NURTURING NATURE’S BEAUTY
As this issue of Ottawa At Home magazine hits the stands, spring has officially arrived, even if we’ve only recently said goodbye to a little patch of snowdrops in our gardens. A true harbinger of spring, a Toronto garden blogger recently wrote that snowdrops really are “a psychological necessity in Canada.” She even went so far as to suggest the government start issuing bucket loads of snowdrops to its citizens every fall.
Fortunately, the appearance of flowering forsythia shrubs not only announces the arrival of spring – they positively scream it out with their dazzling display of yellow blooms. They are known to cause a gardener’s heart to beat a little faster; green thumbs begin to twitch. Something is blooming. Something is full of life.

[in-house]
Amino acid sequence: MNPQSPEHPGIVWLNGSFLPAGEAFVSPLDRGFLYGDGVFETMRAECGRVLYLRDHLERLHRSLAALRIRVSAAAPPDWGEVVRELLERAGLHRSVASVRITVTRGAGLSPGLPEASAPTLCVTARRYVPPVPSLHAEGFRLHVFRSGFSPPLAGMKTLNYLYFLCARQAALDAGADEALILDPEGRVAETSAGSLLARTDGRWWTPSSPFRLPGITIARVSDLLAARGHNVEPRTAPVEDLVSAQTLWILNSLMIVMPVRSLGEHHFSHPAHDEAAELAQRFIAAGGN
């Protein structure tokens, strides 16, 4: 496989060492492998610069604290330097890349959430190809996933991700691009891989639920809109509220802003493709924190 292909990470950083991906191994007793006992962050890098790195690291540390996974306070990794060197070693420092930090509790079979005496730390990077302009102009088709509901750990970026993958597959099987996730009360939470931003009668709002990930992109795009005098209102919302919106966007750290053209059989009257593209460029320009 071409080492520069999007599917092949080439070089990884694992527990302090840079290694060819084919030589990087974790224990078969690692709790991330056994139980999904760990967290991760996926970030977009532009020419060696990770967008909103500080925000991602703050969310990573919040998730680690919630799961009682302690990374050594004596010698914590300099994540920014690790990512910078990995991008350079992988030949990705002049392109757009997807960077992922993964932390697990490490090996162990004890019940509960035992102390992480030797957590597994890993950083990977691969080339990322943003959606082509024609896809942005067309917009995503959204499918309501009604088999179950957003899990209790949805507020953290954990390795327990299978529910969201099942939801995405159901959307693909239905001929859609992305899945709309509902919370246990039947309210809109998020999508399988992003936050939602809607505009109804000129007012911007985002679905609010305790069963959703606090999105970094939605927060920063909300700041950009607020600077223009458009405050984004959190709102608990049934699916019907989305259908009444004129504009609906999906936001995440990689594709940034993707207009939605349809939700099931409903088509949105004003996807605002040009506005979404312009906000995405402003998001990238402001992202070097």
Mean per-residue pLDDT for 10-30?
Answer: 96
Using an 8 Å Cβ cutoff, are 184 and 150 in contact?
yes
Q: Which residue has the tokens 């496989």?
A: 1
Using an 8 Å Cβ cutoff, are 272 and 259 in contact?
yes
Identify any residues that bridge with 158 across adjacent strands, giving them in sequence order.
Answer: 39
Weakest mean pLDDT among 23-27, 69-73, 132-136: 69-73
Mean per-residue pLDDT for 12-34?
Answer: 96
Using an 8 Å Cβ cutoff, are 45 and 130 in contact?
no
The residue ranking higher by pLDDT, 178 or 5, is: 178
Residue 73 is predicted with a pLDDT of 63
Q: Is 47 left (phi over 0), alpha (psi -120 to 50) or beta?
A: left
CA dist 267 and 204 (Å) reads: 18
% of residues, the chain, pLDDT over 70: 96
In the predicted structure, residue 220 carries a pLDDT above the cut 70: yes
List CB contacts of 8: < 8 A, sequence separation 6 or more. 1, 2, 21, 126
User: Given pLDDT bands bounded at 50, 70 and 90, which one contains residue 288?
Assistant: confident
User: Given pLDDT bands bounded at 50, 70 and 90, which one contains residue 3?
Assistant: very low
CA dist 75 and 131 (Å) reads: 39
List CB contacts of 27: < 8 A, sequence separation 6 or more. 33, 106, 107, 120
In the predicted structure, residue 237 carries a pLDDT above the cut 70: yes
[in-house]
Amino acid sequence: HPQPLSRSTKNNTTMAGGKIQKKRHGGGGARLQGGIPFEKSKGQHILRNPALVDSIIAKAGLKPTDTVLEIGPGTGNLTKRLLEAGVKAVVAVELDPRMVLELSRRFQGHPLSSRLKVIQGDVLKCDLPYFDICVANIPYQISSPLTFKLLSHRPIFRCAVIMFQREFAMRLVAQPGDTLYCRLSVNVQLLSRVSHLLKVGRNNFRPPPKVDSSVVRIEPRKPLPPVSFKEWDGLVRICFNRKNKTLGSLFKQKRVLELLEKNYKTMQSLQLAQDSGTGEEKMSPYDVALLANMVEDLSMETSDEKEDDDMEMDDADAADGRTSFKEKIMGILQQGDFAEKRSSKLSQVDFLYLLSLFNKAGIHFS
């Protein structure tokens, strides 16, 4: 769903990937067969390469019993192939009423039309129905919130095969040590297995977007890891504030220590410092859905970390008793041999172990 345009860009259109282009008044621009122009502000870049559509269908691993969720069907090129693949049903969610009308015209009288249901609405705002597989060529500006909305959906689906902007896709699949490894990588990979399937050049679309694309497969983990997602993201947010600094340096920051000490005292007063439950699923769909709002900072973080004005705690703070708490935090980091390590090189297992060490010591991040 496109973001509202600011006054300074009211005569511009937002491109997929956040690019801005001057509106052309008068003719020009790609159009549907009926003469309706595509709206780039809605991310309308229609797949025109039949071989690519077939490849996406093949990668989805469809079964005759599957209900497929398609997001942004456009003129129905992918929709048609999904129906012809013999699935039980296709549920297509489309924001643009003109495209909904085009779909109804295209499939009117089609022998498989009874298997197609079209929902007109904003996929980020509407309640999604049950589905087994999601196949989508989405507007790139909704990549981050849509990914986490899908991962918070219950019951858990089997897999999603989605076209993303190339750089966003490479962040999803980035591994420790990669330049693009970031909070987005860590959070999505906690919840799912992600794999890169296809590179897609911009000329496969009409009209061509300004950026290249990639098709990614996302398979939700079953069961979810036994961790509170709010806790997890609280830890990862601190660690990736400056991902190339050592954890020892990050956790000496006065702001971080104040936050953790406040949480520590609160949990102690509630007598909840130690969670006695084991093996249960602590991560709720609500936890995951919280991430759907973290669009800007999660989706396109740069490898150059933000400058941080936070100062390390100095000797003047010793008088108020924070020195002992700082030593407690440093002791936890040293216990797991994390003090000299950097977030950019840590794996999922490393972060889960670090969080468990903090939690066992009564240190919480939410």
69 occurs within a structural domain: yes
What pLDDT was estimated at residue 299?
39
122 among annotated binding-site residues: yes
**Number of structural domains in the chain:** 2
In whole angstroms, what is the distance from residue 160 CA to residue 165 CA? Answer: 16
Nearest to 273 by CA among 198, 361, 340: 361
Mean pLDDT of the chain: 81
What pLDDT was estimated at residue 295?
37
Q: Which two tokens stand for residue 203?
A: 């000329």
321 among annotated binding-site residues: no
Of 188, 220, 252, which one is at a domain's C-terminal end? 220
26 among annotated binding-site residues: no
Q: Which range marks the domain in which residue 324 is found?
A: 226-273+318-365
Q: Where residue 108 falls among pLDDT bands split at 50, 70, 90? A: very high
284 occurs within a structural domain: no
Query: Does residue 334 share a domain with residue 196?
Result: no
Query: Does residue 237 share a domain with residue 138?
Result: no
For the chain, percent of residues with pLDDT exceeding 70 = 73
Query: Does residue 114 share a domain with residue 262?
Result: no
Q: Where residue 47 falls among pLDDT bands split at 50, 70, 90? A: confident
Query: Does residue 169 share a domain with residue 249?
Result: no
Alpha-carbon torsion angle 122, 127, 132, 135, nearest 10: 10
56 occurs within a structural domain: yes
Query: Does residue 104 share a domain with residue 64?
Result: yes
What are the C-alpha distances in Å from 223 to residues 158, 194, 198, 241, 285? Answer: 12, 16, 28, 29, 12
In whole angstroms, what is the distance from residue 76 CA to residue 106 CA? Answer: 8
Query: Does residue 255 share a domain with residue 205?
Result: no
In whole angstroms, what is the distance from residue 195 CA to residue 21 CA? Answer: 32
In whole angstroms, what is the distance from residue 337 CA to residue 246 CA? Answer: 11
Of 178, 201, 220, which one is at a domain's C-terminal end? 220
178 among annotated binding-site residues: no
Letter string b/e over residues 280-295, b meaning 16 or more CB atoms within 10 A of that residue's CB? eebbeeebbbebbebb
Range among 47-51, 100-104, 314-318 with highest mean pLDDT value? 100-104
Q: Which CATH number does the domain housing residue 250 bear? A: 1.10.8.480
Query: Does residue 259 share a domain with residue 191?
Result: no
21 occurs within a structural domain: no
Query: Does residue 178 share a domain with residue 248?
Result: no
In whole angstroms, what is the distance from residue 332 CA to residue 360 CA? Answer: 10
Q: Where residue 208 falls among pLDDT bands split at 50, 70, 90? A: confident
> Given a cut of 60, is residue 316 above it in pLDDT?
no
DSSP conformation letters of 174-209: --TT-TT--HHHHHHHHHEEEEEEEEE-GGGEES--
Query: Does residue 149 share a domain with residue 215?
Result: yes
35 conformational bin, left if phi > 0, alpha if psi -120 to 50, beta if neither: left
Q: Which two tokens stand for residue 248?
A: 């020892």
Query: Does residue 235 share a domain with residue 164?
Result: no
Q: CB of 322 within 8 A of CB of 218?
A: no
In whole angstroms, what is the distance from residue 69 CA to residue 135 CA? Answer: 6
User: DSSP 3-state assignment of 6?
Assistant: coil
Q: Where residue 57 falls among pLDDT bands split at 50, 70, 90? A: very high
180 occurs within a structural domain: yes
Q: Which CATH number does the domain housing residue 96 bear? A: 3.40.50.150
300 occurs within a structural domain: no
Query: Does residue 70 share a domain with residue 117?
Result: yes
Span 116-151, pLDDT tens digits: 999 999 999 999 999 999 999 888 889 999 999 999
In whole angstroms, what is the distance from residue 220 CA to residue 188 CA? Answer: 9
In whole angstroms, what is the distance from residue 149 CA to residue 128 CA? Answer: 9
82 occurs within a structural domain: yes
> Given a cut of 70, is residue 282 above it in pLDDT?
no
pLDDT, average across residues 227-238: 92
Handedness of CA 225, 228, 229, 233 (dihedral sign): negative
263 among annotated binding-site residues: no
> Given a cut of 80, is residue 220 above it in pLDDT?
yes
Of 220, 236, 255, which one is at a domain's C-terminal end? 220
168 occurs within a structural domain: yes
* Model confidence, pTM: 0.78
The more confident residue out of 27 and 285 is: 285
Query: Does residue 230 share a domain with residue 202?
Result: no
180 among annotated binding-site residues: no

While colourful spring flowers are enough to make most of us forget winter ever happened, the gardening bug is so firmly entrenched in Vera Cody and Hilary Kemsleythat even the winter months can’t completely bring them down.
It’s generally believed that flowers contribute to feelings of well-being – it’s why we send flowers to people who are sick. But Vera Cody has taken that philosophy to the next level. To say that she surrounds herself with flowers is an understatement. There is no surface in her home that doesn’t have a floral theme. Whether upholstery, art, décor, dishes, bedding, or potted blooming bulbs, the flowers are everywhere. “I sit here and try to be glum – and I can’t be!” says an exuberant Vera.
Not even talk of her “lost” garden, the pride and joy of Vera’s life, can dampen her infectious energy. After moving to her New Edinburgh condo last fall, she remains resolute in her happiness despite giving up her stunning Rockcliffe Park garden. “It just means I have a new challenge with container